Digital Citizenship Teaching Strategies The book “Teaching Infants and Preschoolers with Disabilities”, by Donald B. Bailey and Mark Wolery, suggests 10 intervention strategies to promote learning. These intervention strategies are also applicable to teaching older students. Structuring the physical space to promote engagement and learning The physical environment should be structured to promote experiences that will cause children to learn important skills. Structuring the social environment by using models, proximity, and responsive adults to promote engagement and learning The adult should be sensitive to the child’s behavior and assume the role of observer or monitor. The adult should read the child’s behavior as intents to interact. The physical and social environment should be responsive to the children’s behavior. The adult should encourage children’s ongoing interactions. The adult should support and encourage children’s attempts to display more complex behaviors. Using children’s preferences to promote learning
Technology meets Education » Wicked Problem Project This Wicked Problem Project required me to to define and to partially implement a project that applies technology to address an actual educational need in my setting. This presentation will examine the educational need I identified and the solution I chose, how I applied TPCK to the problem, an analysis of the implementation of the project and my findings and proposals for future use of the technology. Problem The need I identified was a group of students who had been struggling with directions to describe movement. Solution The technology I felt was appropriate to address this issue was the Bee-Bots. There was limited research specifically related to Bee-Bots to guide my project. Applying the TPCK Framework to this project allowed me to better examine how the technology could be used to enhance this particular learning experience. WPP Presentation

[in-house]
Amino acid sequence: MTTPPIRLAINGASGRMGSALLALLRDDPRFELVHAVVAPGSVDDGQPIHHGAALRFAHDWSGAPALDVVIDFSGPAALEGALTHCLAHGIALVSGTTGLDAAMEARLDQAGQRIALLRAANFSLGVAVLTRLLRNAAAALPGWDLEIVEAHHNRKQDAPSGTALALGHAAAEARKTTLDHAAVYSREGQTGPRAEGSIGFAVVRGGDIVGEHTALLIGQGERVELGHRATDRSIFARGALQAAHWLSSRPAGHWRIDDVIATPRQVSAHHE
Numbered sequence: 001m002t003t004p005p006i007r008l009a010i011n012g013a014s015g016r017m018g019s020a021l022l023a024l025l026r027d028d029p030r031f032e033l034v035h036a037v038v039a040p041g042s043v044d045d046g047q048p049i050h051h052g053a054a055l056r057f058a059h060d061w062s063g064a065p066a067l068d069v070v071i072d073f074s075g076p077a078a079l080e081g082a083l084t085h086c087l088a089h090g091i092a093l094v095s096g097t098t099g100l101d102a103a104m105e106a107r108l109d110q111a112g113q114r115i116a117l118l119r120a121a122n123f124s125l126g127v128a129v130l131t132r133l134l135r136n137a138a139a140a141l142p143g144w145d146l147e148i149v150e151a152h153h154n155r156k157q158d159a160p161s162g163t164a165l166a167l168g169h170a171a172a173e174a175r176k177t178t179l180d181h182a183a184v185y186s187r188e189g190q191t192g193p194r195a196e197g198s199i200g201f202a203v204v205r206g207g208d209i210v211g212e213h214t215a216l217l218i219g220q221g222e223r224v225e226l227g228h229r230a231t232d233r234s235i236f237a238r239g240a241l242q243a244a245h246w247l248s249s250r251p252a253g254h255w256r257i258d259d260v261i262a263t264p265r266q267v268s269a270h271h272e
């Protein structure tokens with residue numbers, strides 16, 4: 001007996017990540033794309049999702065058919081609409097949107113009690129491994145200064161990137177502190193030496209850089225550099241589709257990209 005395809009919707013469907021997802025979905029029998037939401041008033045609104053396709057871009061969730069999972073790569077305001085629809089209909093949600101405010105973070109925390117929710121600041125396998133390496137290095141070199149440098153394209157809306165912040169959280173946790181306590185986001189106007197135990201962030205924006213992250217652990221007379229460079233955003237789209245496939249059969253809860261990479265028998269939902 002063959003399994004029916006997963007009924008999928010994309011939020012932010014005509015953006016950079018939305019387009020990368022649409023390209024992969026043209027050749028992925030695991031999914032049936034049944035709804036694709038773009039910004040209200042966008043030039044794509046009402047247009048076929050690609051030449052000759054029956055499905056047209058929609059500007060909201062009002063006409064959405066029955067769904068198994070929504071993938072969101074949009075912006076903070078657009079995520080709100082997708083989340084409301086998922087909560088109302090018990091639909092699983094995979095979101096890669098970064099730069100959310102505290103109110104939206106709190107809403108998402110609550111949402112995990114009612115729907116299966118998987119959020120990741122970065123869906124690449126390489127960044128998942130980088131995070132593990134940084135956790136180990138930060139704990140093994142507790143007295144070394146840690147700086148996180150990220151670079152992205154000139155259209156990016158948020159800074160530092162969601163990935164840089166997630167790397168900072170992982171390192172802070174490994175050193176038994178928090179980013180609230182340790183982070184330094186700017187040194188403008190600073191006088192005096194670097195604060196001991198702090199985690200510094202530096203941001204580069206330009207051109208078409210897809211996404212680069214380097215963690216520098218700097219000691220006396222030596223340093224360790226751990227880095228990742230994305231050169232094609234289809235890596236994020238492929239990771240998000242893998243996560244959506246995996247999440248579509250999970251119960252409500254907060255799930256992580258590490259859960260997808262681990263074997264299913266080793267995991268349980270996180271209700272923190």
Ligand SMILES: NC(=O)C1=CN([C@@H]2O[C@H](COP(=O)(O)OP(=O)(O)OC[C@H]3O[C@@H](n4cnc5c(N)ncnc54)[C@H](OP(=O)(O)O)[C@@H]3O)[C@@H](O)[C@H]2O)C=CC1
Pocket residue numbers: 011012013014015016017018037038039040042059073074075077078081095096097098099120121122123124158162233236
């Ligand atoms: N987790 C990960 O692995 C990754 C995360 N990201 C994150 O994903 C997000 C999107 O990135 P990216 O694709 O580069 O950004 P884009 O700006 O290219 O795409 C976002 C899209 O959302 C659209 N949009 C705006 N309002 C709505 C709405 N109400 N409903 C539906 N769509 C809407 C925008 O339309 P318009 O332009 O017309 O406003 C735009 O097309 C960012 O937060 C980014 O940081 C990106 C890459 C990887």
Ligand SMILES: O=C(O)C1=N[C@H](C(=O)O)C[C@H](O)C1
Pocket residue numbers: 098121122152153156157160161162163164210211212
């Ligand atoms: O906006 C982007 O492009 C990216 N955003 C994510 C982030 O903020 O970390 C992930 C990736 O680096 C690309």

iDress for Weather Sites for Autistic Support Teachers! AdaptedLearning.com A new site from Mayer-Johnson! This site provides an endless amount of Boardmaker files! You must have Boardmaker to open the files. Southern California Autism Training Collaborative Website Lots of examples of structured work jobs. Visual Aids for Learning Some free, printable, visuals to help people learn everyday activities. Spectronics Symbol Activity Exchange Assistive Technology Team Lots of free, printable Boardmaker activities. OMAC Consulting A fantastic site by Cindy Golden. Crafty Chic Some free, printable file folder games. ZAC Browser - Zone for Autistic Children ZAC is the first web browser developed specifically for children with autism, and autism spectrum disorders such as Asperger syndrome, pervasive developmental disorders (PDD), and PDD-NOS. Special thanks to my father, Thomas Glew for sending in this site. Create A Graph Make many different types of graphs. Positively Autism Free resources, lesson plans, teaching materials, and more! Slater Software Inc.